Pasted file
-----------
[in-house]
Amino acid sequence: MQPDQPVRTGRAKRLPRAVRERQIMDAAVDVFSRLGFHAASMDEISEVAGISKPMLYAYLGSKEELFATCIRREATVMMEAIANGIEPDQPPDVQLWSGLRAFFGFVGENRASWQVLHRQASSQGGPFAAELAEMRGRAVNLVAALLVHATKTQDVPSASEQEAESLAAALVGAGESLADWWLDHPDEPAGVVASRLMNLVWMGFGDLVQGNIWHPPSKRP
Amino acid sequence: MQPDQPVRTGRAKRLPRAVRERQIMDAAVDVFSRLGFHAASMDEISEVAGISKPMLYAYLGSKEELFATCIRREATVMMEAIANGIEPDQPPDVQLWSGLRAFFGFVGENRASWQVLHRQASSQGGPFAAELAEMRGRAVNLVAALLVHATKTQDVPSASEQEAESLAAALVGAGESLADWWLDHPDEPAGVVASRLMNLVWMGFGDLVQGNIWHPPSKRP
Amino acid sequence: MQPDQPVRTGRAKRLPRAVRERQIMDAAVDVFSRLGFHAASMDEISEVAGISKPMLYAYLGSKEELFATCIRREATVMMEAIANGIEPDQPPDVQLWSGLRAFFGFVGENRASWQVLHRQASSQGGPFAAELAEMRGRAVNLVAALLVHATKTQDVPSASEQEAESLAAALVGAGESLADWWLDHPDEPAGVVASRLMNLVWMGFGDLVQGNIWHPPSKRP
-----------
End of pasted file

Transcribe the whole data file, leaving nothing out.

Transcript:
[in-house]
Amino acid sequence: MQPDQPVRTGRAKRLPRAVRERQIMDAAVDVFSRLGFHAASMDEISEVAGISKPMLYAYLGSKEELFATCIRREATVMMEAIANGIEPDQPPDVQLWSGLRAFFGFVGENRASWQVLHRQASSQGGPFAAELAEMRGRAVNLVAALLVHATKTQDVPSASEQEAESLAAALVGAGESLADWWLDHPDEPAGVVASRLMNLVWMGFGDLVQGNIWHPPSKRP
Amino acid sequence: MQPDQPVRTGRAKRLPRAVRERQIMDAAVDVFSRLGFHAASMDEISEVAGISKPMLYAYLGSKEELFATCIRREATVMMEAIANGIEPDQPPDVQLWSGLRAFFGFVGENRASWQVLHRQASSQGGPFAAELAEMRGRAVNLVAALLVHATKTQDVPSASEQEAESLAAALVGAGESLADWWLDHPDEPAGVVASRLMNLVWMGFGDLVQGNIWHPPSKRP
Amino acid sequence: MQPDQPVRTGRAKRLPRAVRERQIMDAAVDVFSRLGFHAASMDEISEVAGISKPMLYAYLGSKEELFATCIRREATVMMEAIANGIEPDQPPDVQLWSGLRAFFGFVGENRASWQVLHRQASSQGGPFAAELAEMRGRAVNLVAALLVHATKTQDVPSASEQEAESLAAALVGAGESLADWWLDHPDEPAGVVASRLMNLVWMGFGDLVQGNIWHPPSKRP